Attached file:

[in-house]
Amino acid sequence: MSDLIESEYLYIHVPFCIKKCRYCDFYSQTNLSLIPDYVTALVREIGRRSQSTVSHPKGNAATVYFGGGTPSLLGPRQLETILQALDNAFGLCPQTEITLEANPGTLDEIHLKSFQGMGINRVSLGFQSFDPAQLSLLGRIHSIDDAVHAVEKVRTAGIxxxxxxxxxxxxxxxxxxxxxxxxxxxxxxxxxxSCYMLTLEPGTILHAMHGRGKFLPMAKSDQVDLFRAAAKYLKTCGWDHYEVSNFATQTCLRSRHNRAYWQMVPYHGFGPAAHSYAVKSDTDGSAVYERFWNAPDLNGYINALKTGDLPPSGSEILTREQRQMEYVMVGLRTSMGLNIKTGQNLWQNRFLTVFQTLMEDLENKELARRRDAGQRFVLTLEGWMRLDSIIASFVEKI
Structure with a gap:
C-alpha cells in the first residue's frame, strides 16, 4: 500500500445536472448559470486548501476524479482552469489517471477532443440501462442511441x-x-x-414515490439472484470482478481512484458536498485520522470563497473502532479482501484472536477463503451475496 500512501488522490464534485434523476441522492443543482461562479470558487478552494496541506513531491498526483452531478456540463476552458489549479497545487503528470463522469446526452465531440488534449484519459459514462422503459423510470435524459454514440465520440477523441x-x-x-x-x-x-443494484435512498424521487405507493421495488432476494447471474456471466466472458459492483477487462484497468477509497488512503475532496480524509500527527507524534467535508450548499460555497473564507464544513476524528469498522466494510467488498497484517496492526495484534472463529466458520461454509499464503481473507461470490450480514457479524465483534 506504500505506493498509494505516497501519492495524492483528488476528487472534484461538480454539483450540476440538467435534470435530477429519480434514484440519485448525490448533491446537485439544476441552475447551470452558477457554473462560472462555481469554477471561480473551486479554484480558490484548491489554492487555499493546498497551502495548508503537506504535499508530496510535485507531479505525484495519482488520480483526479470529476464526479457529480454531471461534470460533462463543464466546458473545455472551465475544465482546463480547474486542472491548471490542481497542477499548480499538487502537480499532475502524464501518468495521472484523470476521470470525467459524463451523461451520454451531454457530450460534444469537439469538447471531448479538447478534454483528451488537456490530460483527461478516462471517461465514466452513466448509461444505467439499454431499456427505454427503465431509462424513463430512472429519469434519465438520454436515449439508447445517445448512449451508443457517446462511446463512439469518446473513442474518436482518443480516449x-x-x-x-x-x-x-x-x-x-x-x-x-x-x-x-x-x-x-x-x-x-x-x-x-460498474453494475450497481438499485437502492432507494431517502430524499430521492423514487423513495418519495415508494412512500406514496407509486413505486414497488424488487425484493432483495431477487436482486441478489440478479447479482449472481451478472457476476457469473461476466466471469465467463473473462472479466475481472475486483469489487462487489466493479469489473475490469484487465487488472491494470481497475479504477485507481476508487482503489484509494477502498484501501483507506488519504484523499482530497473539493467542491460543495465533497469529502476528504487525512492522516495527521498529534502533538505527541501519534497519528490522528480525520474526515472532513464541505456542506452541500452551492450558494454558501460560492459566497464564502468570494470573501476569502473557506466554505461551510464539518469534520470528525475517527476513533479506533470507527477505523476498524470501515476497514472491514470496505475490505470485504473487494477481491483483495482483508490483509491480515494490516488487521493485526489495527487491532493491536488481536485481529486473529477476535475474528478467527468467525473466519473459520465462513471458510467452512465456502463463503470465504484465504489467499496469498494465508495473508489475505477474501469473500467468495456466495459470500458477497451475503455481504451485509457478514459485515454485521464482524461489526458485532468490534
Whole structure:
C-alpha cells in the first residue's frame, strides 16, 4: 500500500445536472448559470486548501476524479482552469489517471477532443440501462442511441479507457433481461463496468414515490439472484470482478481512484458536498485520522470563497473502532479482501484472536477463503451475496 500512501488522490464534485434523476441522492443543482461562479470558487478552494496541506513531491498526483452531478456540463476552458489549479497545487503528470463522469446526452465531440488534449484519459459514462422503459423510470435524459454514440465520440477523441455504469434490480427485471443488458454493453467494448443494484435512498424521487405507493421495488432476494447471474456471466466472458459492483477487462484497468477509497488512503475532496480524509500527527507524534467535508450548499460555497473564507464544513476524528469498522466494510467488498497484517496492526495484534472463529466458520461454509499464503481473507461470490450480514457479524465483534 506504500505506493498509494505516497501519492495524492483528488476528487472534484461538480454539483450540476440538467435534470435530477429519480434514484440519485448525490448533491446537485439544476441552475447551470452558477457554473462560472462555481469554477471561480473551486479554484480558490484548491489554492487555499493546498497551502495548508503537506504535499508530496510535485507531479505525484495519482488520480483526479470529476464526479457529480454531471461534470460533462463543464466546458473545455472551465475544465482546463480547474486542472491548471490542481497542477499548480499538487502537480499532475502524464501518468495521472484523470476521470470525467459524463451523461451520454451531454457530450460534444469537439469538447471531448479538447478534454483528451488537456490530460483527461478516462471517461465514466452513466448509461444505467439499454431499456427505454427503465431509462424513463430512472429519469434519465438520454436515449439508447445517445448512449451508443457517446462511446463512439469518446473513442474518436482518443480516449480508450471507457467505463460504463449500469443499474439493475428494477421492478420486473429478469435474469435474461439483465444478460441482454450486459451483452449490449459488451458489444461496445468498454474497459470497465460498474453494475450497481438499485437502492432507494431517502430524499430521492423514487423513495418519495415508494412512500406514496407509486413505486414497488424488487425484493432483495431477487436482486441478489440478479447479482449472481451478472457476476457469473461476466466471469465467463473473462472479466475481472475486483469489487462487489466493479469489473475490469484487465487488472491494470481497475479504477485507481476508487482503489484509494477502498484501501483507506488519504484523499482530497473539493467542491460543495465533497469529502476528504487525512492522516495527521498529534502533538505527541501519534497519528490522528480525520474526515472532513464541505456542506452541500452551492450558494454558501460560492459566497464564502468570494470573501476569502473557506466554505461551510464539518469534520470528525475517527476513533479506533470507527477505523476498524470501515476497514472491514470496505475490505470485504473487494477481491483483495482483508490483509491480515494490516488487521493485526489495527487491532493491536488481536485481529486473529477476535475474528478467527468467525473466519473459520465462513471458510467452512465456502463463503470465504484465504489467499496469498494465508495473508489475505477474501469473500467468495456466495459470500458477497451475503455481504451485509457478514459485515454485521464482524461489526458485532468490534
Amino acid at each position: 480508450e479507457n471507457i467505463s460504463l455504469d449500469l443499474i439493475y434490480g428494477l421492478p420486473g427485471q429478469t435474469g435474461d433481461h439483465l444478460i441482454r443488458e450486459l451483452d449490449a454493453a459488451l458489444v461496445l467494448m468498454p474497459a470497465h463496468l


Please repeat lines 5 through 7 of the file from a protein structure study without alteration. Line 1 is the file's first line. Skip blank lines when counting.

Whole structure:
C-alpha cells in the first residue's frame, strides 16, 4: 500500500445536472448559470486548501476524479482552469489517471477532443440501462442511441479507457433481461463496468414515490439472484470482478481512484458536498485520522470563497473502532479482501484472536477463503451475496 500512501488522490464534485434523476441522492443543482461562479470558487478552494496541506513531491498526483452531478456540463476552458489549479497545487503528470463522469446526452465531440488534449484519459459514462422503459423510470435524459454514440465520440477523441455504469434490480427485471443488458454493453467494448443494484435512498424521487405507493421495488432476494447471474456471466466472458459492483477487462484497468477509497488512503475532496480524509500527527507524534467535508450548499460555497473564507464544513476524528469498522466494510467488498497484517496492526495484534472463529466458520461454509499464503481473507461470490450480514457479524465483534 506504500505506493498509494505516497501519492495524492483528488476528487472534484461538480454539483450540476440538467435534470435530477429519480434514484440519485448525490448533491446537485439544476441552475447551470452558477457554473462560472462555481469554477471561480473551486479554484480558490484548491489554492487555499493546498497551502495548508503537506504535499508530496510535485507531479505525484495519482488520480483526479470529476464526479457529480454531471461534470460533462463543464466546458473545455472551465475544465482546463480547474486542472491548471490542481497542477499548480499538487502537480499532475502524464501518468495521472484523470476521470470525467459524463451523461451520454451531454457530450460534444469537439469538447471531448479538447478534454483528451488537456490530460483527461478516462471517461465514466452513466448509461444505467439499454431499456427505454427503465431509462424513463430512472429519469434519465438520454436515449439508447445517445448512449451508443457517446462511446463512439469518446473513442474518436482518443480516449480508450471507457467505463460504463449500469443499474439493475428494477421492478420486473429478469435474469435474461439483465444478460441482454450486459451483452449490449459488451458489444461496445468498454474497459470497465460498474453494475450497481438499485437502492432507494431517502430524499430521492423514487423513495418519495415508494412512500406514496407509486413505486414497488424488487425484493432483495431477487436482486441478489440478479447479482449472481451478472457476476457469473461476466466471469465467463473473462472479466475481472475486483469489487462487489466493479469489473475490469484487465487488472491494470481497475479504477485507481476508487482503489484509494477502498484501501483507506488519504484523499482530497473539493467542491460543495465533497469529502476528504487525512492522516495527521498529534502533538505527541501519534497519528490522528480525520474526515472532513464541505456542506452541500452551492450558494454558501460560492459566497464564502468570494470573501476569502473557506466554505461551510464539518469534520470528525475517527476513533479506533470507527477505523476498524470501515476497514472491514470496505475490505470485504473487494477481491483483495482483508490483509491480515494490516488487521493485526489495527487491532493491536488481536485481529486473529477476535475474528478467527468467525473466519473459520465462513471458510467452512465456502463463503470465504484465504489467499496469498494465508495473508489475505477474501469473500467468495456466495459470500458477497451475503455481504451485509457478514459485515454485521464482524461489526458485532468490534
Amino acid at each position: 480508450e479507457n471507457i467505463s460504463l455504469d449500469l443499474i439493475y434490480g428494477l421492478p420486473g427485471q429478469t435474469g435474461d433481461h439483465l444478460i441482454r443488458e450486459l451483452d449490449a454493453a459488451l458489444v461496445l467494448m468498454p474497459a470497465h463496468l